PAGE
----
The Murder of Father Thomas Rocks SJ, Claveria, Mis. Or.
But not all soldiers heeded the call to surrender, and not all American citizens were captured. Many retreated into the hills and jungle fastness of Mindanao, and stayed and waited for hostilities to cease. Among them was Father Thomas Rocks, who evaded capture in order to minister to the American and Filipino refugees’ spiritual needs. It has been weeks since the USAFFE surrendered, and He was in the hills of Claveria, Misamis Oriental, visiting a couple of American stragglers when the event happened.
He was suffering from dysentery, and has been staying there for awhile as he was too weak to travel. On June 4, 1942, the feast of Corpus Christi, he was vesting for Mass when a threatening group of armed men appeared across a small river. One of the Americans, Pvt. Clyde Marion Abbott (6553635) of the 19th Bombardment Group was lightly armed with a .45 caliber M1917 revolver thought they would not stand a chance against the threat,“let’s get out fast,” they agreed.“You go” said Father Rocks. “I’ll stay and guard our things. Filipinos will not harm a priest. I’ll talk to them.” Two long-haired filthy fellows, much darker than the ordinary Filipinos, climbed the ladder to the house. After much discussion they left, apparently satisfied. Father Rocks went on vesting for Mass. Once below, the bandits shot up through the bamboo floor killing Father Rocks instantly. They then went back up the house and hacked up the body, sacked the house and left. The robbers were a band of Magahats, pagans of the mountains. They had gotten their guns by treacherously murdering Filipino Soldiers who had sought refuge among them. No Christian Filipino would have broken the sacredness of hospitality. The Americans came back and buried Father Tommy Rocks there in the mountains of Claveria.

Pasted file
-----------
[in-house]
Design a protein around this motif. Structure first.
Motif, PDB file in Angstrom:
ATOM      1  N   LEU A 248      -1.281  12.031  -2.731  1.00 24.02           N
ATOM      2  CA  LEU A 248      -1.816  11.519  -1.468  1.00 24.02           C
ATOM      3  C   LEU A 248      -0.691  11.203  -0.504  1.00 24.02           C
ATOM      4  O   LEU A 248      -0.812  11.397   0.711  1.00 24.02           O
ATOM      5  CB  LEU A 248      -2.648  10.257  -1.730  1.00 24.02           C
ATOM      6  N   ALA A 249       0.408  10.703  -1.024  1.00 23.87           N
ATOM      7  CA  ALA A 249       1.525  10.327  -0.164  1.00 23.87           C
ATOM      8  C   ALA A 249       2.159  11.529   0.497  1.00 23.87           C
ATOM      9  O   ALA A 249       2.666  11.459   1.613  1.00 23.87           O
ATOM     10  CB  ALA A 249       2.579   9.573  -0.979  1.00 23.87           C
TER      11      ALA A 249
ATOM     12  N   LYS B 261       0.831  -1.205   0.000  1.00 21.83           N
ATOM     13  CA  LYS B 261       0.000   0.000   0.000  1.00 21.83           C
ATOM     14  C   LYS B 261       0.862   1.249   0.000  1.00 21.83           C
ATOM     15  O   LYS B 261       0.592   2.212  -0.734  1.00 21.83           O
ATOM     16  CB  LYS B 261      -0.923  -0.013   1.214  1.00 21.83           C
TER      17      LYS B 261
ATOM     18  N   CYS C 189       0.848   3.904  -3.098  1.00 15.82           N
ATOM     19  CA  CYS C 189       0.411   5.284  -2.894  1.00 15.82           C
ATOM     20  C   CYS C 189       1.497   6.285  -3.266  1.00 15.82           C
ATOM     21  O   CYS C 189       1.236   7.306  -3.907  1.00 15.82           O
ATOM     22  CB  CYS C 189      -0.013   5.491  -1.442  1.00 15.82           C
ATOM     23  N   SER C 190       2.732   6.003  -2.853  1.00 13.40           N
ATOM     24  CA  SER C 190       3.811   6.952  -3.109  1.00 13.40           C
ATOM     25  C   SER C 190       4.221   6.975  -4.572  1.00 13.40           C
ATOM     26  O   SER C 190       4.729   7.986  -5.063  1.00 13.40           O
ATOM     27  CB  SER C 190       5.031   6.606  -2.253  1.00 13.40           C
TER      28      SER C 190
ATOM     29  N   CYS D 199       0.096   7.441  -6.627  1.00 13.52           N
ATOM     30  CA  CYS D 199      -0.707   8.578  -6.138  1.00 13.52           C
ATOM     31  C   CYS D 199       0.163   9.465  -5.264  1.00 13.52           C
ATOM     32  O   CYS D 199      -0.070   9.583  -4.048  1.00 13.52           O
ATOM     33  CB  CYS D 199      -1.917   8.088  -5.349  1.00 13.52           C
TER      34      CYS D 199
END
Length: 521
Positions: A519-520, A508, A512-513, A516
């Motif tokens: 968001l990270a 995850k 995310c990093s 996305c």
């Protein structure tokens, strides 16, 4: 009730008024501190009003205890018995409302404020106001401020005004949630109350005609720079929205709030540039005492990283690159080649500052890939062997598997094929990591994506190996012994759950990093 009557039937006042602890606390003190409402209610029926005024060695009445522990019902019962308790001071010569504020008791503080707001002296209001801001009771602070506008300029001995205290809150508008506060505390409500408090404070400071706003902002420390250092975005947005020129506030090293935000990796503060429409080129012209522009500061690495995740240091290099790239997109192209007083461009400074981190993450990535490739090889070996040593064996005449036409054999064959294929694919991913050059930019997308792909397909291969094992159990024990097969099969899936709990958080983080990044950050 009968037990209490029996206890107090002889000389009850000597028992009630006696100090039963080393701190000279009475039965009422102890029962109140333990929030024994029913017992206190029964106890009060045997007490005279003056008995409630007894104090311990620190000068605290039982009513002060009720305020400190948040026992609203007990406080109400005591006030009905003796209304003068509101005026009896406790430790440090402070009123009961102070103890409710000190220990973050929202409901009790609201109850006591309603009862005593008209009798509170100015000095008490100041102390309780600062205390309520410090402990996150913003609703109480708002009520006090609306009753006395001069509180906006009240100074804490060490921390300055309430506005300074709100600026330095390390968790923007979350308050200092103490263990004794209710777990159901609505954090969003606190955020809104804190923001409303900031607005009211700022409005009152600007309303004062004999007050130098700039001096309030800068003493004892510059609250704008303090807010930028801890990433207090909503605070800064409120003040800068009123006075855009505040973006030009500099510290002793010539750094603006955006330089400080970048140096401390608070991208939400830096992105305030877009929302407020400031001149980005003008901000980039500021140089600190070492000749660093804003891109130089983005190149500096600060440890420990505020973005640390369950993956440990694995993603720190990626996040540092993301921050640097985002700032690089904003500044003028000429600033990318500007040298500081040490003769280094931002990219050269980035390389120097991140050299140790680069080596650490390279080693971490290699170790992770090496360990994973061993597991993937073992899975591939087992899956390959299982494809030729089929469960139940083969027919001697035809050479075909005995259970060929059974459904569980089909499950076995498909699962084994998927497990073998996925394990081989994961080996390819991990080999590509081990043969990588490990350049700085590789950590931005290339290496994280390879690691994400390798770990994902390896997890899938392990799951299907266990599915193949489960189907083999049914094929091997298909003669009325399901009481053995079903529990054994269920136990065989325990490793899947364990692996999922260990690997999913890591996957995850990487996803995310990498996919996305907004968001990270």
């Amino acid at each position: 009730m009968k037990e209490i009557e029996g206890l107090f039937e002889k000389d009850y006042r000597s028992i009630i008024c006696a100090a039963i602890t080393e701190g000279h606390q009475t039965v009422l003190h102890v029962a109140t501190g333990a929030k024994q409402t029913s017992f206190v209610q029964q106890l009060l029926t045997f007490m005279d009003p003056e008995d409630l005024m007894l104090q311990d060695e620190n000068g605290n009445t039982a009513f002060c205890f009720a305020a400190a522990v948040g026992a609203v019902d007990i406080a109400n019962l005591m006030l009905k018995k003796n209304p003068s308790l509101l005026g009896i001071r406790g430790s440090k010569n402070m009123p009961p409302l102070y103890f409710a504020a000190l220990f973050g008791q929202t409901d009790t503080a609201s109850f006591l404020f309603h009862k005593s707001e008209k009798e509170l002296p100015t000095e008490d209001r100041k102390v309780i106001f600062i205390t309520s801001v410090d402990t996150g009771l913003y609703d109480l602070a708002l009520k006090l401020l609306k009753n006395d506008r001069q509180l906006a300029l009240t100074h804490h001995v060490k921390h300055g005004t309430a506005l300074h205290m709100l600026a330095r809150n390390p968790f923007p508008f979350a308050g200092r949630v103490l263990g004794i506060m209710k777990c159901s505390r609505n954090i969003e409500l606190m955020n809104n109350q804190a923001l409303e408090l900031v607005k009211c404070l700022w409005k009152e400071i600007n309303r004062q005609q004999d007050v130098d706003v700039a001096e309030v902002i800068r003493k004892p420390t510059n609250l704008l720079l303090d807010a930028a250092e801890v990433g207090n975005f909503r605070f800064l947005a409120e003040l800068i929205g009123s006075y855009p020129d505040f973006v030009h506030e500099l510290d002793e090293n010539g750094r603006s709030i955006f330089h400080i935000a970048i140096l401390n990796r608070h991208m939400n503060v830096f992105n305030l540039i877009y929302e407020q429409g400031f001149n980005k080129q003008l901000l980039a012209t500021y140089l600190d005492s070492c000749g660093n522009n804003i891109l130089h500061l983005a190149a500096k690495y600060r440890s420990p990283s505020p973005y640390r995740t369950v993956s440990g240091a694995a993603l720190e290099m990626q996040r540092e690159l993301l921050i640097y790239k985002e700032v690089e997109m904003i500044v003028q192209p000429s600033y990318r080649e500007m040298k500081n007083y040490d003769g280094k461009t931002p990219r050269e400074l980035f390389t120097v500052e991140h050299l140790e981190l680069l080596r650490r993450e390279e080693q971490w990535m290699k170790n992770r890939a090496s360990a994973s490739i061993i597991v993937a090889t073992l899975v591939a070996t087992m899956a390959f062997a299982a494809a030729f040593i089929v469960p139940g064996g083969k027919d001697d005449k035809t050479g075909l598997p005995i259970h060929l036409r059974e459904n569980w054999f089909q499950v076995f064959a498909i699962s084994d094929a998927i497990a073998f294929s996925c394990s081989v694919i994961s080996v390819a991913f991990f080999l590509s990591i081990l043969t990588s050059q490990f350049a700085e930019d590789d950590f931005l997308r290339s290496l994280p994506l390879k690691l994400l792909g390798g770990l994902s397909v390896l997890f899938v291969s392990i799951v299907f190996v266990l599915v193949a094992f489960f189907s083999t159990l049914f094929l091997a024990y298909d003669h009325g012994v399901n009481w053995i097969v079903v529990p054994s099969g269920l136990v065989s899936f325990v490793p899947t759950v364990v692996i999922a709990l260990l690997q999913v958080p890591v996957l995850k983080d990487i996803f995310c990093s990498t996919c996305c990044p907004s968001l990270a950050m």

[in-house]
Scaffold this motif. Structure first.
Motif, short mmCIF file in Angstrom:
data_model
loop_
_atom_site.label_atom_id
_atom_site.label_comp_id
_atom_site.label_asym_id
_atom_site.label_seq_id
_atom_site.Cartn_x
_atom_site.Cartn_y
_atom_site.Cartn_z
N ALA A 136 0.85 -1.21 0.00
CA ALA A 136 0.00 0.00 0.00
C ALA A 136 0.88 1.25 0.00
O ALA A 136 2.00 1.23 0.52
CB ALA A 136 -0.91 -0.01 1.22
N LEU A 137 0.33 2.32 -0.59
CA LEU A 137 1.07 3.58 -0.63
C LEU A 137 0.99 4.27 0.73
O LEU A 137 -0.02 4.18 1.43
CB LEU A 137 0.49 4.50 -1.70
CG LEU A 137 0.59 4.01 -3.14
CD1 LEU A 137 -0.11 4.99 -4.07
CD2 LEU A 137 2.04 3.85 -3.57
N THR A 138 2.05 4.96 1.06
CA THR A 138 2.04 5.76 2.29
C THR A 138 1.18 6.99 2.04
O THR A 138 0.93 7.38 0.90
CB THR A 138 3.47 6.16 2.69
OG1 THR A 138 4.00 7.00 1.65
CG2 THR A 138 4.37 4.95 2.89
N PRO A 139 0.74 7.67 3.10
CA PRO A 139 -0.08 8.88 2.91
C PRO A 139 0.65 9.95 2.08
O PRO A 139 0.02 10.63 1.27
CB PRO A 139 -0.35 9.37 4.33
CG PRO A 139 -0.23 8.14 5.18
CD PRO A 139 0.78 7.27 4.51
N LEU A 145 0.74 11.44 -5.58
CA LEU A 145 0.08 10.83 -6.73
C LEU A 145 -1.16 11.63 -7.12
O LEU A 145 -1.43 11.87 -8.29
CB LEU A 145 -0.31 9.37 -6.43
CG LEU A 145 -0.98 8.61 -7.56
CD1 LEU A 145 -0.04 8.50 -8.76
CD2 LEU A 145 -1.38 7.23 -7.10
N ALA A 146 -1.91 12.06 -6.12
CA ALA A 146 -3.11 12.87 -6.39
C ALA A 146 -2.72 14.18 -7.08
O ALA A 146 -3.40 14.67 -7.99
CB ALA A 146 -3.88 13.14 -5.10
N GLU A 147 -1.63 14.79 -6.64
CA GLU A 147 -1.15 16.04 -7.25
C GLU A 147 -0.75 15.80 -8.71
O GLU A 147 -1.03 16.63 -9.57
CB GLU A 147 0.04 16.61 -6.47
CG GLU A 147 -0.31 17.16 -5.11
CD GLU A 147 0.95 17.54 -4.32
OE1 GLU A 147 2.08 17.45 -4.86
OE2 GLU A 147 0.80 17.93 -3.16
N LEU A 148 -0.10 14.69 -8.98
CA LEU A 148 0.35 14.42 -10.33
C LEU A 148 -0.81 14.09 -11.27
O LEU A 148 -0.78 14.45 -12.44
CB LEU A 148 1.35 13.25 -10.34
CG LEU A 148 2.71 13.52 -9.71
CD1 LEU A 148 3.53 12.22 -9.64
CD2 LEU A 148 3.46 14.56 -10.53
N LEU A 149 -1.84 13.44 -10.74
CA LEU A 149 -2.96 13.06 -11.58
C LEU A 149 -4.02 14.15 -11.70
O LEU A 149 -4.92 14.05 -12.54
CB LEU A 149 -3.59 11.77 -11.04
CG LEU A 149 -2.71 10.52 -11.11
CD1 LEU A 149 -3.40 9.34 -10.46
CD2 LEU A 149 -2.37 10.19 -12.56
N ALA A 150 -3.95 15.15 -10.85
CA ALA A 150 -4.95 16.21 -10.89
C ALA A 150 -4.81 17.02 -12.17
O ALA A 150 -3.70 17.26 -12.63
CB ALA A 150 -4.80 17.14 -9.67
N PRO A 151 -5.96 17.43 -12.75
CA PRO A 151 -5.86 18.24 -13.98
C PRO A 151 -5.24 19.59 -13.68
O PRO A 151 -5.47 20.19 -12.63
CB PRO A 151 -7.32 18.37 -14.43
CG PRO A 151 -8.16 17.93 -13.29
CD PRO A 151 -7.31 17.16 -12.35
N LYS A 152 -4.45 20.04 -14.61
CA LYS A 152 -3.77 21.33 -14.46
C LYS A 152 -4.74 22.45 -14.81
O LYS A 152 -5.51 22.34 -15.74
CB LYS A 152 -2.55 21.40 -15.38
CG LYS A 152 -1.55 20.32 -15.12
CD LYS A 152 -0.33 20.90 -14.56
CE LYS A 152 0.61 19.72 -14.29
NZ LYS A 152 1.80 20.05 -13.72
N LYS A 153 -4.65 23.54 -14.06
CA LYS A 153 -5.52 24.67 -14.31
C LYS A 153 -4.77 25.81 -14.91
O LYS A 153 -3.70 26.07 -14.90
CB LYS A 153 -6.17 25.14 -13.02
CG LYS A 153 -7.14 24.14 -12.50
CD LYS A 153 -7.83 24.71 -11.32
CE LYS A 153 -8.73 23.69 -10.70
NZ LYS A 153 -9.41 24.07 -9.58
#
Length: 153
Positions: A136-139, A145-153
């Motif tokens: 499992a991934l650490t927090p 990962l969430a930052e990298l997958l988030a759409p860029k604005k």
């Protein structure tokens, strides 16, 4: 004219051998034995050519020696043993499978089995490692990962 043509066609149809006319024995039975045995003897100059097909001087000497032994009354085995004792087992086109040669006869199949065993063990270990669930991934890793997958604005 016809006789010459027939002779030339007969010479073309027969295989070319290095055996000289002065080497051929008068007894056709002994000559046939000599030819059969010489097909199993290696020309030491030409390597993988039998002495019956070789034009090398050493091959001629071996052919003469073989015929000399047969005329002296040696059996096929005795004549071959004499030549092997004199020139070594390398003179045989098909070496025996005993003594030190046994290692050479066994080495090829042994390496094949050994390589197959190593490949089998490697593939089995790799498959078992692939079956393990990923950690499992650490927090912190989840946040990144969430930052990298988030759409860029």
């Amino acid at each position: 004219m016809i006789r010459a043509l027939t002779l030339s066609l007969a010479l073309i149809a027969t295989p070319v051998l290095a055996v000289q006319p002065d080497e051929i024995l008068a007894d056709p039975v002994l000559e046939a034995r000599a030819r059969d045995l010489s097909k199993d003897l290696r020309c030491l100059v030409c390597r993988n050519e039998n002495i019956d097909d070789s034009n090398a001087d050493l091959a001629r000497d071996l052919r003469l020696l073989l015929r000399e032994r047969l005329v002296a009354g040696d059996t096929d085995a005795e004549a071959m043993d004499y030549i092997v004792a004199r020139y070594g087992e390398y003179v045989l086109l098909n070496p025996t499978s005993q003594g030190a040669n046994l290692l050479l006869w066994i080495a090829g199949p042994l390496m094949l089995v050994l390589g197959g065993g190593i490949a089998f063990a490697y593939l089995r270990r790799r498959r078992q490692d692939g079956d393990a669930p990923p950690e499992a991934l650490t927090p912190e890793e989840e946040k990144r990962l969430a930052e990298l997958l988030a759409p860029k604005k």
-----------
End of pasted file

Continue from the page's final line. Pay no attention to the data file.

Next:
“We did the best we could,” Abbott told Father James Edward Haggerty. “I am not a Catholic, but we loved Father Rocks, and we put his robes on him before we buried him.” When Father Haggerty heard the story, he wrote in his diary:
“Few of us here may live to see America return, Father Rocks is fortunate. When I have to go I hope it will be beautiful like that, a quick, painless end, clothed in vestments, standing before the altar.”
(excerpts from the book: Guerrilla Padre in Mindanao) Father Rocks was 37 years old. He was survived by two brothers, Hugh of Waynesboro, and Edward J. of New Castle, and a sister, Ms. Ellen of Mercer, Pennsylvania (http://obs.stparchive.com/Archive/OBS/OBS03281943p02.php) Kerwin Salvador P. CaragosPost Script:
According to Anthropologist Dr. Antonio J. Roa Montalvan, the indigenous people in the area of Claveria, Mis. Or. belonged to the ethnolinguistic group of the Higaunon people, who like the Manobo had their own version of “Magahat” warriors And yet, “The Higaunon and Manobo people are totally different ethnolinguistic groups. simply put: they do not live together, they can’t co-exist and each one doesn’t like the other.”